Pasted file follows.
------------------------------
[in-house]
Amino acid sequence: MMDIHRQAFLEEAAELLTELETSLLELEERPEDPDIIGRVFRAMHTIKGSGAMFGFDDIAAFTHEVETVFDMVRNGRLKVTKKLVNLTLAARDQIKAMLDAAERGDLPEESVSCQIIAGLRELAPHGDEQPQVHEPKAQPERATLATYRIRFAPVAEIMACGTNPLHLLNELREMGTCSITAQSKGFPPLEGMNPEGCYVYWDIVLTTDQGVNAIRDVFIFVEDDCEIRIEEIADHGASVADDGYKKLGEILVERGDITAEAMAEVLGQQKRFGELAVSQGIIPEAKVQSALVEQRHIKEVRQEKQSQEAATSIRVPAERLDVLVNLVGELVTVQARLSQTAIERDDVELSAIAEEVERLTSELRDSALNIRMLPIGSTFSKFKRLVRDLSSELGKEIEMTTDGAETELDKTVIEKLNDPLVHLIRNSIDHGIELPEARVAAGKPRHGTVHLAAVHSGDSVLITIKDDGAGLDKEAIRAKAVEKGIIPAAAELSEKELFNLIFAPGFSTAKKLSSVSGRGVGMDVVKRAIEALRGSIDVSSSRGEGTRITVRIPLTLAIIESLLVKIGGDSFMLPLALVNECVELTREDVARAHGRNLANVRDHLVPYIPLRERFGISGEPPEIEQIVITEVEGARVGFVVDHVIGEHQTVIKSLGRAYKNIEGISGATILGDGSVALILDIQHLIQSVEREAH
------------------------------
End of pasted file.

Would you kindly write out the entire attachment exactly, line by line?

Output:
[in-house]
Amino acid sequence: MMDIHRQAFLEEAAELLTELETSLLELEERPEDPDIIGRVFRAMHTIKGSGAMFGFDDIAAFTHEVETVFDMVRNGRLKVTKKLVNLTLAARDQIKAMLDAAERGDLPEESVSCQIIAGLRELAPHGDEQPQVHEPKAQPERATLATYRIRFAPVAEIMACGTNPLHLLNELREMGTCSITAQSKGFPPLEGMNPEGCYVYWDIVLTTDQGVNAIRDVFIFVEDDCEIRIEEIADHGASVADDGYKKLGEILVERGDITAEAMAEVLGQQKRFGELAVSQGIIPEAKVQSALVEQRHIKEVRQEKQSQEAATSIRVPAERLDVLVNLVGELVTVQARLSQTAIERDDVELSAIAEEVERLTSELRDSALNIRMLPIGSTFSKFKRLVRDLSSELGKEIEMTTDGAETELDKTVIEKLNDPLVHLIRNSIDHGIELPEARVAAGKPRHGTVHLAAVHSGDSVLITIKDDGAGLDKEAIRAKAVEKGIIPAAAELSEKELFNLIFAPGFSTAKKLSSVSGRGVGMDVVKRAIEALRGSIDVSSSRGEGTRITVRIPLTLAIIESLLVKIGGDSFMLPLALVNECVELTREDVARAHGRNLANVRDHLVPYIPLRERFGISGEPPEIEQIVITEVEGARVGFVVDHVIGEHQTVIKSLGRAYKNIEGISGATILGDGSVALILDIQHLIQSVEREAH